A Train to the City of Lumpias

Cirebon Train StationTravel is more often than not an adventure.  The mode of transportation used while traveling can often enhance that sense of adventure; none more-so than the train.

I was in search of lumpias, the fried South East Asian spring roll, and decided to ride the steel horse along the coastal track to the city of Semarang.  The time it takes by either road or rail is the same but the experience can be resoundingly different.

According to what makes a place famous, it is in Semarang where the most delicious lumpias are stuffed, rolled, folded, fried, and devoured. I was on my way.

Once, when traveling in Peru and Argentina, I had a couple of train journeys that stand as experiences completely unlike each other but both incredible in their own way.  The train to Puno in Peru took 12 hours and wound its way up, into the Andes. The view out the window was of breath-taking mountain scenery; snow-capped peaks in contrast against the deepest of blue skies; grass covered foothills swelling and receding like a sun burnt yellow tide.  Then in juxtaposition to the topography stretching upwards were the plains. Like liquid these prairie grasslands formed the foundation for everything they surrounded.

It was stunning and remains as vivid in my mind today as if I were still aboard.

And that’s the thing. Staying aboard was optional. The 12 hour journey only covered about 154 miles.  You could deboard, walk down the two-step rusty metal ladder, and plant your feet directly on the high altitude pampas. Go for a wander, take in the incredible fortune life had bestowed on you, and marvel at…absolutely everything!

Breathe in that pure air because you are, where few have been….then saunter back and reclaim your vantage point for slow motion viewing.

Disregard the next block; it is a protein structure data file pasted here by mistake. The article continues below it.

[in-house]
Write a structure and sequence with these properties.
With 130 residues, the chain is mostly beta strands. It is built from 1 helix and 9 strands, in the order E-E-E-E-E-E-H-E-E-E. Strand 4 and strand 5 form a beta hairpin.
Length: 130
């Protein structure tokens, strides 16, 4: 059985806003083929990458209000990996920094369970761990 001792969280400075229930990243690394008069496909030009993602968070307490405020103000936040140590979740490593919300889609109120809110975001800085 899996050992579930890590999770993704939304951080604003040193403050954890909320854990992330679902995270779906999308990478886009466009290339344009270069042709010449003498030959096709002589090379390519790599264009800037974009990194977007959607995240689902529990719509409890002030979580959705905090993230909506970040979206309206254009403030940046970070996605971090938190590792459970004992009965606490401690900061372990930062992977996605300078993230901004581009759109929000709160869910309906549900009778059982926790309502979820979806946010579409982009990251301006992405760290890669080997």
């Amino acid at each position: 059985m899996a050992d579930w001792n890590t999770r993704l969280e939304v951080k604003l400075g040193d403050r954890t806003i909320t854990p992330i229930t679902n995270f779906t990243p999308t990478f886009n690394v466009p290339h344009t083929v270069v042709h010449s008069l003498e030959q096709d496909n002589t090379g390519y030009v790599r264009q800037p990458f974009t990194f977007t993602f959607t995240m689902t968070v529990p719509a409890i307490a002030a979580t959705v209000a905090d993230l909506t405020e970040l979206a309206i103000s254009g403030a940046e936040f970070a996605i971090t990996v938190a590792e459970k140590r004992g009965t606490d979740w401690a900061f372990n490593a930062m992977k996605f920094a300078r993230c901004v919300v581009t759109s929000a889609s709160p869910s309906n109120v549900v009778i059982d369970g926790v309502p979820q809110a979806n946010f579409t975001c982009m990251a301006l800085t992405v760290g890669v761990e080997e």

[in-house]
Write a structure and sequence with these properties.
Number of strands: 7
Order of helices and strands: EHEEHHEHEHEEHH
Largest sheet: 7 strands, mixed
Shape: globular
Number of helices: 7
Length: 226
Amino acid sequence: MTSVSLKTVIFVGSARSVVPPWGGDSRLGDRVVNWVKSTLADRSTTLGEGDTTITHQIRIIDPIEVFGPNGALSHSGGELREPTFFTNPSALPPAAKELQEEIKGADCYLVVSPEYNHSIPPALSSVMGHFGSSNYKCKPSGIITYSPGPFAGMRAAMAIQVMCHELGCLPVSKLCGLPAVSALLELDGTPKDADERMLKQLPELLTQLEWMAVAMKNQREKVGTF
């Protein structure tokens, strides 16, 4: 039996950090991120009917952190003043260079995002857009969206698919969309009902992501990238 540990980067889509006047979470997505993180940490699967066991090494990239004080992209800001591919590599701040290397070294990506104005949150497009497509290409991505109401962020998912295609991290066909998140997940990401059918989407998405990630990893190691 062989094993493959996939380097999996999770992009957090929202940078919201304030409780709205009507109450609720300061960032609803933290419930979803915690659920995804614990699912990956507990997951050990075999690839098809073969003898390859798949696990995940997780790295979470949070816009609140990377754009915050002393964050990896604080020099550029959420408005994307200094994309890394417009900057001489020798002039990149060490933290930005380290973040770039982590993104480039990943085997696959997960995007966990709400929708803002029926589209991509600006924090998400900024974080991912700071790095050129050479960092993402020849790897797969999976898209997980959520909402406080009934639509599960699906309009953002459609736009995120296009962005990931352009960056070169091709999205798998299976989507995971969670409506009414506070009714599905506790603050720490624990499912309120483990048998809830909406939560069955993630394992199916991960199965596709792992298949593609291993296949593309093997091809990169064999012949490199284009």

The other journey was one across Argentina.  On-board you felt like you were in another era. The seats were a deep red leather and the interior was all richly stained wood. Not dark and claustrophobic, but light and airy. The grain of the wood radiant; teasing your imagination into unveiling its long and significant history.

Antique fans in black wrought iron casings spun with the dust of ages solidified on each blade.  Six per carriage and intermittently spread down the ceiling above the center aisle.

The view of Argentina’s countryside, the decor of the seating carriage and dining car, along with waiters in white jackets, food on china plates beneath silver domes and…

Voila!  A train journey to inspire.

The train from Cirebon to Semarang had two options.  An Ekekutif First Class train, and a Bisnis Ekekutif.  The latter really being the local Ekonomi dressed up in fancy words;  that’s the one I took.

The road and railway tracks in between Cirebon and Semarang run alongside the ocean. It had been a while since I’d seen the ocean and was looking forward to the sight, if not the sound, of waves crashing against the shore.

I had in my head this picture of scenic beauty as we chugged along the Javanese coast. Cresting waves, white sand, fishing boats, clear blue water, and of course the temperature change caused by a balmy ocean-side breeze boosted by  gusts both cool and warm.

Unfortunately, for the most part, the ocean is obscured from view.

Rice fields to the right make an alternative not to be dismissed but let’s face it; when you’re hankering for the ocean, rice paddies just don’t cut it.

The train journey itself was not unlike the one from Jakarta to Bogor except that I had a seat this time and the friendly guy next to me was out cold so any invitations for tea he may have been conjuring up remained with him in the land of nod.

Arriving in a city I have heard and read a lot about but never actually seen is always fascinating to me. Kind of an exploratory rush. I am pretty sure it’s the reason I continue to love traveling.

Semarang has three distinct parts; old beaten up colonial, modern, and well maintained functional colonial.

Its parts one and three I was most interested in.

The first night was all about wandered the streets of the old beaten up part of town. The buildings definitely need some love but the history and imagery is still there. One or two of the buildings have been restored but that’s about it and to be honest I kind of like it that way.

In Semarang you get to see both sides. The colonial era being left to crumble while right next door you see the other side of town that is thriving and making no bones about it’s success.

Lawang Sewu sits smack dab in the center of Semarang; otherwise known as the building of one thousand doors.

Currently it is slowly being restored to its former glory. Tours are available but wandering through alone and feeling the history, imagining the past,  stepping back in time, is well worth the effort.